if you want to hear more about this case, just log on to the blog at cnn.com. new moves are under way to calm the uproar over the arrest of an african-american professor at harvard by a white police officer. why did so many americans see what happened this week so differently. an author who wrote about this kind of disparity joins me. we will have the latest. to help me breathe better all day long. and it's not a steroid. announceit keeps my airways. to help me breathe better all day long. and it's not a steroid. announceit keeps my airways. to help me breathe better all day long. and it's not a steroid. announceit keeps my airways. to help me breathe better all day long. and it's not a steroid. announceit keeps my airways. to help me breathe better all day long. and it's not a steroid. announceit keeps my airways. to help me breathe better all day long. and it's not a steroid. announceit keeps my airways. to help me breathe better all day long. and it's not a steroid. announceit keeps my airways. to help me breathe better all day long. and it's not a steroid. announceit keeps my airways. to help me breathe better all day long. and it's not a steroid. announceit keeps my airways. to help me breathe better all day long. and it's not a steroid. announceit keeps my airways. to help me breathe better all day long. and it's not a steroid. announceit keeps my airways. to help me breathe better all day long. and it's not a steroid.
an update on a story that stir a lot of debate in america. the arrest of a harvard professor by a white police officer. gates is now responding to president obama's effort to calm the uproar. gates tells cnn "yes, i was very pleased that the president called me today, and i'm pleased that he proposed that i meet with sergeant crowley at the white house, since i had offered to meet with him last monday. i am eager for this to be used as a teaching moment to improve racial relations in america. 234is is certainly not about me." and police responded to reports of a possible burgliry. sergeant crowley was the arresting officer. they call it racial profiling, president obama stirred the debate saying police acted stupidly. yesterday he spoke out saying his comments were ill-sensitive. >> i want to make clear that in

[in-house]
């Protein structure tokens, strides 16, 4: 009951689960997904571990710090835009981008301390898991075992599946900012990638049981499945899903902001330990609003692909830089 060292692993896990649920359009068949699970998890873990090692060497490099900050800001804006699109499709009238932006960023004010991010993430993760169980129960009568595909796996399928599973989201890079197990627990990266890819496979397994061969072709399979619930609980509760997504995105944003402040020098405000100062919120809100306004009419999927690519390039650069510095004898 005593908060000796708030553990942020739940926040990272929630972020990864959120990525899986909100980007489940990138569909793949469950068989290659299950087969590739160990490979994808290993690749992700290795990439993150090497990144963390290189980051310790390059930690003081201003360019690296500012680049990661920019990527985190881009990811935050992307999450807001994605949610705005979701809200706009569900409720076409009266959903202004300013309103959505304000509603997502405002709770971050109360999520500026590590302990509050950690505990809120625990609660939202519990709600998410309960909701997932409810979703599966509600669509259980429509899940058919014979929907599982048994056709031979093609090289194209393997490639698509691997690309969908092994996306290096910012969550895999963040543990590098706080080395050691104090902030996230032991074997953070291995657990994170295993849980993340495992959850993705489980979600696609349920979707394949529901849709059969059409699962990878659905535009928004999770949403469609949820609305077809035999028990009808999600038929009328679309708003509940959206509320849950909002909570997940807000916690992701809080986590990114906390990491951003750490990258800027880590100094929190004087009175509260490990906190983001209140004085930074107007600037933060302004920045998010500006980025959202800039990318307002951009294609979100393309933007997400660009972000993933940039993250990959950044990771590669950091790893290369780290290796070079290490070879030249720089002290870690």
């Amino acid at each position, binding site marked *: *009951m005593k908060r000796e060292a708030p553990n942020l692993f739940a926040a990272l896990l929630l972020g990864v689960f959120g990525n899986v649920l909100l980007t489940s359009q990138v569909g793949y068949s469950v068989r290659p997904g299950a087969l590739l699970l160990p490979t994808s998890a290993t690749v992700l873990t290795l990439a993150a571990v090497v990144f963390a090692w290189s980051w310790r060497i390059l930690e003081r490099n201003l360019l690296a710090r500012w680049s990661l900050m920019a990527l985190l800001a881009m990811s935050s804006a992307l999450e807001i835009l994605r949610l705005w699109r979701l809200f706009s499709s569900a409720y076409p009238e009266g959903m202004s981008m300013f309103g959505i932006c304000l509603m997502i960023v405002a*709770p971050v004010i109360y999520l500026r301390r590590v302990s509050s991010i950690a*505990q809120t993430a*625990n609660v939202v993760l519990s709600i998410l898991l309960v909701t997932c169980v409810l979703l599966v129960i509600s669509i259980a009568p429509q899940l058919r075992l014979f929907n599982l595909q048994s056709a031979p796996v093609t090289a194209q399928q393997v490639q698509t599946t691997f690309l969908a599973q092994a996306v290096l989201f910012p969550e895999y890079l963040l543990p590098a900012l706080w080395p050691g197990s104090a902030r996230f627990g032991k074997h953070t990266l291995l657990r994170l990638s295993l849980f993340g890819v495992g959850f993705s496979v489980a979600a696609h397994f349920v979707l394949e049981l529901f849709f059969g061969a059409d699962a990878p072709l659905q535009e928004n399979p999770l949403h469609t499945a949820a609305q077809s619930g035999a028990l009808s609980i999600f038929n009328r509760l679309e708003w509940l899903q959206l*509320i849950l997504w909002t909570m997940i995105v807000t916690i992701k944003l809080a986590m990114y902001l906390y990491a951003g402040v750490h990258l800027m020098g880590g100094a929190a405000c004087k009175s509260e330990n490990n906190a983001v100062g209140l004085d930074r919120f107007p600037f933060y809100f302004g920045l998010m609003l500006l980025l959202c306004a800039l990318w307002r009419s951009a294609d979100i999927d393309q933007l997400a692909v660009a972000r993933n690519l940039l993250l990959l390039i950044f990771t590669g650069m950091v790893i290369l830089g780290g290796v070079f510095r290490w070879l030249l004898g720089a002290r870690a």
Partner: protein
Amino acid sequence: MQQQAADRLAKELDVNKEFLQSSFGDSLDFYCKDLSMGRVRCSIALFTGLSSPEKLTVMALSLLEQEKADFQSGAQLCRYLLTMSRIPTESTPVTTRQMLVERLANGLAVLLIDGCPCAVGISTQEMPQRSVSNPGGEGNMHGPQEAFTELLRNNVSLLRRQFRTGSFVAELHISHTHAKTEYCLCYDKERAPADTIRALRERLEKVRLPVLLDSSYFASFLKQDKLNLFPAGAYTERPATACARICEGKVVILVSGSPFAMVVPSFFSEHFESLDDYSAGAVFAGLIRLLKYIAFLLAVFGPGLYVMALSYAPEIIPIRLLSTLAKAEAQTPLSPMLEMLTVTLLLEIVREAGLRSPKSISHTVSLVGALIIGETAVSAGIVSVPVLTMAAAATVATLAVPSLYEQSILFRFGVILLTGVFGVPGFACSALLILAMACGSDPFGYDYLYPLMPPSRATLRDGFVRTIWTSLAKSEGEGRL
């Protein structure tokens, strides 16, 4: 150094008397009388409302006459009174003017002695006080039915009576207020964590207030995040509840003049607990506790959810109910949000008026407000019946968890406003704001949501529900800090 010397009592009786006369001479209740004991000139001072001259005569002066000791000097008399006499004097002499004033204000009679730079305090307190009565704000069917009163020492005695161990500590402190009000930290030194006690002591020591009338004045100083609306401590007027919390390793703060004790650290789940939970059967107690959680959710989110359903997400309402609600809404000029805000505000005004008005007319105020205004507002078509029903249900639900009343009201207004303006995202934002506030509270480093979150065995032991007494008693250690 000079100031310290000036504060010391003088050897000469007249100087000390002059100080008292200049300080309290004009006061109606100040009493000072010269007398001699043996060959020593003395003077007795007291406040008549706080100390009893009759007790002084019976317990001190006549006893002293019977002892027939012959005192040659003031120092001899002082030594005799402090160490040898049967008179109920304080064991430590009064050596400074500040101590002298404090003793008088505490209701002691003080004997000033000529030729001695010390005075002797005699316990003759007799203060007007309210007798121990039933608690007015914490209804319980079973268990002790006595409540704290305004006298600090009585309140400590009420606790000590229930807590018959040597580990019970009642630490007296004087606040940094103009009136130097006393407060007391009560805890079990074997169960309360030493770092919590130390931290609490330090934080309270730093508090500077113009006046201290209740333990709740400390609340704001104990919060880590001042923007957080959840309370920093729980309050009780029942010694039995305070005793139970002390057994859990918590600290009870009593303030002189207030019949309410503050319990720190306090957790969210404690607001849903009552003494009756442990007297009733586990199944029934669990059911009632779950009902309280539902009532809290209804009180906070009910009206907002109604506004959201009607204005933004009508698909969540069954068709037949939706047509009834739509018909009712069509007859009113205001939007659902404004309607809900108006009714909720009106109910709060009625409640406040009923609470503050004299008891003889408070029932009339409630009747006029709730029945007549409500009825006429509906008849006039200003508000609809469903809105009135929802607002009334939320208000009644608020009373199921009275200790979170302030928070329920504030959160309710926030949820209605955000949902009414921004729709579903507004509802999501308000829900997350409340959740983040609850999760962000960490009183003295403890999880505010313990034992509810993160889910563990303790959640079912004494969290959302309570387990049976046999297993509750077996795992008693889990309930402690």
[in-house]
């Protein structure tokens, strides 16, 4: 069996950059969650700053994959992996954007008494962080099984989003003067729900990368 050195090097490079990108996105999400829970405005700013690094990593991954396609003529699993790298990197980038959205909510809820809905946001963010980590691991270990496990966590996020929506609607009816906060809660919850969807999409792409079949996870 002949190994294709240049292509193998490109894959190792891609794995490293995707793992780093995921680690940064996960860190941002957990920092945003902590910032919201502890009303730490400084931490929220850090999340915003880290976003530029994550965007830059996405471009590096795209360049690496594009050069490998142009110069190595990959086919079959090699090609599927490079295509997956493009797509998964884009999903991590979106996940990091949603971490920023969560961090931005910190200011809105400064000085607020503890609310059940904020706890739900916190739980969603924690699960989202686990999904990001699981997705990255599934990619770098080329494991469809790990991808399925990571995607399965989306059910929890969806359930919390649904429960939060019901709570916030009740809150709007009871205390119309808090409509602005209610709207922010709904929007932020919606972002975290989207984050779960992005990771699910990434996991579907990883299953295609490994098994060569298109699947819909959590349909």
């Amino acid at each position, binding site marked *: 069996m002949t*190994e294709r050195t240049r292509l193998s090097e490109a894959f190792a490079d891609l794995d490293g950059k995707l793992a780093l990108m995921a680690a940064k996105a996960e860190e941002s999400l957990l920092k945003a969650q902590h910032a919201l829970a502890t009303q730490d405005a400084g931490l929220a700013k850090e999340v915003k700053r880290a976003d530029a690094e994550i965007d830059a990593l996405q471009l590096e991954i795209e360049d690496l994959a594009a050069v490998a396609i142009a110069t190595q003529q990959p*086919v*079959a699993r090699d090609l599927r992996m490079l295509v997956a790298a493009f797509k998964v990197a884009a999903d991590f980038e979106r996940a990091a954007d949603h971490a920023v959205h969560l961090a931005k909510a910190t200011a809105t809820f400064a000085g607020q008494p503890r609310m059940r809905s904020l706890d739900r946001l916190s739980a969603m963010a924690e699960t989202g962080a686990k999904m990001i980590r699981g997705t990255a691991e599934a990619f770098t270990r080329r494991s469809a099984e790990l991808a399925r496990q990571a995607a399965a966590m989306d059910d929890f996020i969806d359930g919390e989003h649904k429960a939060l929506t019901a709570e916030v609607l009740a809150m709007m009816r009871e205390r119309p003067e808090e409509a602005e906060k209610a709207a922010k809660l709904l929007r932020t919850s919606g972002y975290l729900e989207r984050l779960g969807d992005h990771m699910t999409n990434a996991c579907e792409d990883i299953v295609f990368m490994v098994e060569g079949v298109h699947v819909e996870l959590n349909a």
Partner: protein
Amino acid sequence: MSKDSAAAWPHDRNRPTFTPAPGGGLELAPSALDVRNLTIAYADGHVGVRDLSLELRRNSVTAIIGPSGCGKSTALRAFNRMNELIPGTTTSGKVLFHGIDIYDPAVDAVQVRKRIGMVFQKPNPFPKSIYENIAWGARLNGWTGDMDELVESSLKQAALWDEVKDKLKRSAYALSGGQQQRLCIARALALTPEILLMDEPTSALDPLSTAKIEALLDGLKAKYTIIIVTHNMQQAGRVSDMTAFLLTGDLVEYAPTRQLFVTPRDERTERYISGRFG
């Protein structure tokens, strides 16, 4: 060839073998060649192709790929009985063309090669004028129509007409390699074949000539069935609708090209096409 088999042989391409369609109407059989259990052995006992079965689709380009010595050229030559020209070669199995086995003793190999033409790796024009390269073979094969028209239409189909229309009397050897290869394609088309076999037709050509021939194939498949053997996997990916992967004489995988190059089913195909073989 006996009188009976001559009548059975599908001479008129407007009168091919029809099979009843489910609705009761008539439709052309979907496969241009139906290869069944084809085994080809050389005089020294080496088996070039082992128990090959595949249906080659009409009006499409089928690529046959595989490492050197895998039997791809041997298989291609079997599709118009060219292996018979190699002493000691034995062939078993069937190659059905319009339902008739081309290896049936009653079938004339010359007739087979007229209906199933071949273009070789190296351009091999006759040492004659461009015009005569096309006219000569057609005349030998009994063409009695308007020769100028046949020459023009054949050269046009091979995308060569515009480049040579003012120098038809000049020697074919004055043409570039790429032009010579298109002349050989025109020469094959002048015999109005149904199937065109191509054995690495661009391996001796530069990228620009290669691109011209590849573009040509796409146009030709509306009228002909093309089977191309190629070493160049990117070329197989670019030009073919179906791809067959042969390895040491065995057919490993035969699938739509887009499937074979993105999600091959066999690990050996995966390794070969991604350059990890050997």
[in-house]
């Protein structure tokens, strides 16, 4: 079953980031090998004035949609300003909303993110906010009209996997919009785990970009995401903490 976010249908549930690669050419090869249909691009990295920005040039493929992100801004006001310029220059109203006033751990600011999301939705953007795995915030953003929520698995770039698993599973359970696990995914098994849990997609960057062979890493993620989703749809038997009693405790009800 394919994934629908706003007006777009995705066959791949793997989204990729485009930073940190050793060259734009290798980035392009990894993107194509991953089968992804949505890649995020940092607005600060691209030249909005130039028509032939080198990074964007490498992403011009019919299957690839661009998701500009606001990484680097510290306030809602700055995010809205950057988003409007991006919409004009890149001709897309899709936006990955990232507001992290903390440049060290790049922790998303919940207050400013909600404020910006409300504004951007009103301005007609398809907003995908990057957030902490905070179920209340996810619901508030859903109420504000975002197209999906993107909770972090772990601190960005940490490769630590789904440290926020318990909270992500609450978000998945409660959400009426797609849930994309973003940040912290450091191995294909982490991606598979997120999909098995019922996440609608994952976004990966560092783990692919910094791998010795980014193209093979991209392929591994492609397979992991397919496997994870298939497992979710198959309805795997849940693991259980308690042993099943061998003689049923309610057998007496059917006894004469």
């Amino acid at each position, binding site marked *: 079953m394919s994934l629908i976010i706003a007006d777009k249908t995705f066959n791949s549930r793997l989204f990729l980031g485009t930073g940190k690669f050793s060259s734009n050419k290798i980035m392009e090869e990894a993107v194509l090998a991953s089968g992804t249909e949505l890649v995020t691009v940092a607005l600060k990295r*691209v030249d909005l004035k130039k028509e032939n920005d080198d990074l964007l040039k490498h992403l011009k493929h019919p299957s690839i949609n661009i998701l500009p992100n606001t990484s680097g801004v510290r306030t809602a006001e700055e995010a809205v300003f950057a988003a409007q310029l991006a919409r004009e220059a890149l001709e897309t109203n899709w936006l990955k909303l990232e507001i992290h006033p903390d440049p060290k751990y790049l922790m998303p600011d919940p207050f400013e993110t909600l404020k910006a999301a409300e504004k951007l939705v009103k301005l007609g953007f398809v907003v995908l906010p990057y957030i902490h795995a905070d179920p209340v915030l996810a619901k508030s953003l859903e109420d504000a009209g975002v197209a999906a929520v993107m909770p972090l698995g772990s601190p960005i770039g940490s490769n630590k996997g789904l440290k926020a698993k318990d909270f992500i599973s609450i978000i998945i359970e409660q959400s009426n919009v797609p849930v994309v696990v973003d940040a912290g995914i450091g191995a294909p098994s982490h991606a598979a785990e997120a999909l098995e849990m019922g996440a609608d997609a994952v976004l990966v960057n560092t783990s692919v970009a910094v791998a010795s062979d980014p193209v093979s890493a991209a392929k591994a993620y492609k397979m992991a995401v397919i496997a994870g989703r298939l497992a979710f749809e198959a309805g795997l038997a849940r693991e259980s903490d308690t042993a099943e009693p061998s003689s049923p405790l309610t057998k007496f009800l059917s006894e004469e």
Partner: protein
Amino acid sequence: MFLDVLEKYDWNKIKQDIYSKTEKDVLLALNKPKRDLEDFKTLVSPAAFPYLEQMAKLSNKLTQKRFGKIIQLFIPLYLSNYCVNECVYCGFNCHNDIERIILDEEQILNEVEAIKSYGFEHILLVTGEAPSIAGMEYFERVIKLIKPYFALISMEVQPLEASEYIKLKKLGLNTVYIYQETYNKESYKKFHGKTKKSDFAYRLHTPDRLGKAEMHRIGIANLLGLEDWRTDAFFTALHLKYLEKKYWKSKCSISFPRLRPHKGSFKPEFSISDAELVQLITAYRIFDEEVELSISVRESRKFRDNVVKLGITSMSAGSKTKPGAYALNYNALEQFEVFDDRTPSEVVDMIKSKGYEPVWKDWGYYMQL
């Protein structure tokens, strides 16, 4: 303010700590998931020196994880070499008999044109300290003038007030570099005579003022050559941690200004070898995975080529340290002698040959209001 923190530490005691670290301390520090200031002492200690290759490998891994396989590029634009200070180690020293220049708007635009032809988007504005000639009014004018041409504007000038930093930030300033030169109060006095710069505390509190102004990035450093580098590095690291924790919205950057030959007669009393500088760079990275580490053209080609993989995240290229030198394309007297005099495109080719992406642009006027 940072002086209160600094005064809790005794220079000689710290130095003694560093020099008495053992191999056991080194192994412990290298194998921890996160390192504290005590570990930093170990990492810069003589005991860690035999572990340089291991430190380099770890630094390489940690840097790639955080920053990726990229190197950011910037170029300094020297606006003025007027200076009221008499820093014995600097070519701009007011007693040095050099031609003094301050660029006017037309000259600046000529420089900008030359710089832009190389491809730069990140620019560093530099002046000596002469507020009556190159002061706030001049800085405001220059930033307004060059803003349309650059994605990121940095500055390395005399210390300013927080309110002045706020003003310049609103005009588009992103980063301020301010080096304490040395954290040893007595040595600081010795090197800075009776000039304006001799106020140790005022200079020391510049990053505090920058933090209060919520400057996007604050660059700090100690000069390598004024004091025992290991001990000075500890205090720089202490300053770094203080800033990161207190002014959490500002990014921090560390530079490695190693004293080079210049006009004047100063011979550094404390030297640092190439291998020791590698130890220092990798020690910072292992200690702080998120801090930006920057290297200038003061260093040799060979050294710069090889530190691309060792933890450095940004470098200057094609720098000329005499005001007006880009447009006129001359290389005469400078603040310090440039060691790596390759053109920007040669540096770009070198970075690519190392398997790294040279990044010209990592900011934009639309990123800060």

my choice of words i think i unfortunately gave an impression that i was maligning the cambridge police department, sergeant crowley specifically, and i could have calibrated those words differently. >> all right. that was the president yesterday. well, author nathan mccaul has writ tleen books on racial issues in america. he sat down to talk about all that transpired over the week punctuated by the president's comments yesterday. >> all right, nathan. we heard the president say -- >> racist filled, troubling aspect of our society. >> it's something you have written about extensively in your three books. particularly "it makes me want to holler" do you see it as teaching moment as the president does? >> absolutely.
especially since there's been so much talk since the president's election about us now being in a postracial society, and a lot of people have been troubled by that in the first place, and so the incident with mr. gates underscored the fact that we still have issues to deal with. >> i continue to believe based and what i have heard that there was an overreaction in pulling professor gates out of his home to the station. i also continue to believe based on what i heard that professor gates probably overreacted as well. >> so without being in the room, without being in that cambridge house, do you suppose that an inkling of that happened, that when professor gates saw this officer, instead of feeling comforted, perhaps, he was agitated? >> yes.
and i think because of the cultural issue. >> it's part of the agitation, is it something that i remember reading in your book "makes me want to holler" no matter how high you reach, no matter the equivalency of your success, what it is, for so many black men they end up being reduced to a perception that someone decides to attach to them. >> that's what makes this such a fascinating story and issue, because there's the assumption that people such as professor gates might be above those experiences, but what we saw is that professor gates' experienced what many of us regular folk experience every day, and that is that many whites have difficulty individualizing african-americans. they -- one white person can look at another white person and they can look at that person's address and demeanor and make